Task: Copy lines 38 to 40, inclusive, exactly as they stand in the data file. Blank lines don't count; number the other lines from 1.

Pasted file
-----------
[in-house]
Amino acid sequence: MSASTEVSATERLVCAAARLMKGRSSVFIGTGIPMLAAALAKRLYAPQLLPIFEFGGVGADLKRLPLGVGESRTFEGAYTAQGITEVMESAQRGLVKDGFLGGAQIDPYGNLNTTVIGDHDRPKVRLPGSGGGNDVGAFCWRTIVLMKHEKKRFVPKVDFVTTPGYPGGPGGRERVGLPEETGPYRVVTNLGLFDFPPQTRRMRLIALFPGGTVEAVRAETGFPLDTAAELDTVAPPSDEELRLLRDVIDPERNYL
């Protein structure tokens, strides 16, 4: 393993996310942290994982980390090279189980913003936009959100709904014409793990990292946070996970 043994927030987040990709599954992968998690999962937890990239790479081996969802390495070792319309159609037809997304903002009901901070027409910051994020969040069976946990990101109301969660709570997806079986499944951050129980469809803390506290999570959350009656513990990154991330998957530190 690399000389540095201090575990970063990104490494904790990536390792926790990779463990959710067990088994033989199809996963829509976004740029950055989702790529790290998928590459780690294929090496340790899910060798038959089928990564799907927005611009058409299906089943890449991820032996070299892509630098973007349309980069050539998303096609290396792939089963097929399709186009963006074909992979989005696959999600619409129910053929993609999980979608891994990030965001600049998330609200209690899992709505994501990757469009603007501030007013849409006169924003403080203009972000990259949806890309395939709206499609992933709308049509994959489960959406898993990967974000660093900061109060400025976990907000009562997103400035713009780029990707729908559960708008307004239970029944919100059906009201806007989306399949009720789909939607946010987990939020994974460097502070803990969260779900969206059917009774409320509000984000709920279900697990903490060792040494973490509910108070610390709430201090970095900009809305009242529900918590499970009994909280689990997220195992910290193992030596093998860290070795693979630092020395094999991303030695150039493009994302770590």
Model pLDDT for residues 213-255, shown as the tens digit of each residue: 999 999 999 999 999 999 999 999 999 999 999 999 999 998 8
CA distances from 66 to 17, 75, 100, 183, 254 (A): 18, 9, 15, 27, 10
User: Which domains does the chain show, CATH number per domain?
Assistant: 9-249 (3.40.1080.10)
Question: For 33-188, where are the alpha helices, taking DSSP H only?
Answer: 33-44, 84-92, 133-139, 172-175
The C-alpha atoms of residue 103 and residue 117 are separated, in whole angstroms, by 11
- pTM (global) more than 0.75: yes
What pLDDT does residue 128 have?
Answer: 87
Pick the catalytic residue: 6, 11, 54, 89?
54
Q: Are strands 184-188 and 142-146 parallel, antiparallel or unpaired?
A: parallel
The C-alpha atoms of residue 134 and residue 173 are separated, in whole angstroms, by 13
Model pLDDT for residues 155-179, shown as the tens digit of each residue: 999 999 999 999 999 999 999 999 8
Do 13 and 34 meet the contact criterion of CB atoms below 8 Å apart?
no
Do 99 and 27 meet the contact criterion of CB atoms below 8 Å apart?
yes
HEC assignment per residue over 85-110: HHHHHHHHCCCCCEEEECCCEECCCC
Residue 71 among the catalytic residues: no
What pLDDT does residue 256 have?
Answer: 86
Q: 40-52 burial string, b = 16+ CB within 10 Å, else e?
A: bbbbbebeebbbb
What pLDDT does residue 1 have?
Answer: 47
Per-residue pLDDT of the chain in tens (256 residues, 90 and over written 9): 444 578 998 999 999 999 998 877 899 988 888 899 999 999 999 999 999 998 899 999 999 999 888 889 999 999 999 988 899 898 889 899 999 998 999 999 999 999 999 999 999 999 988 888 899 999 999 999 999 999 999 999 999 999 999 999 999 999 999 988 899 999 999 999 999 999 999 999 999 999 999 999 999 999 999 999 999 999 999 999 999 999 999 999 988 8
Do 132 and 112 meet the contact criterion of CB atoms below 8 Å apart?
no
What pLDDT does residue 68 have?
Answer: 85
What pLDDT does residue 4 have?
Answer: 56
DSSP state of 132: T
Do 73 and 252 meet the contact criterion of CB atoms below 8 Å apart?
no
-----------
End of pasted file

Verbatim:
Answer: 56
DSSP state of 132: T
Do 73 and 252 meet the contact criterion of CB atoms below 8 Å apart?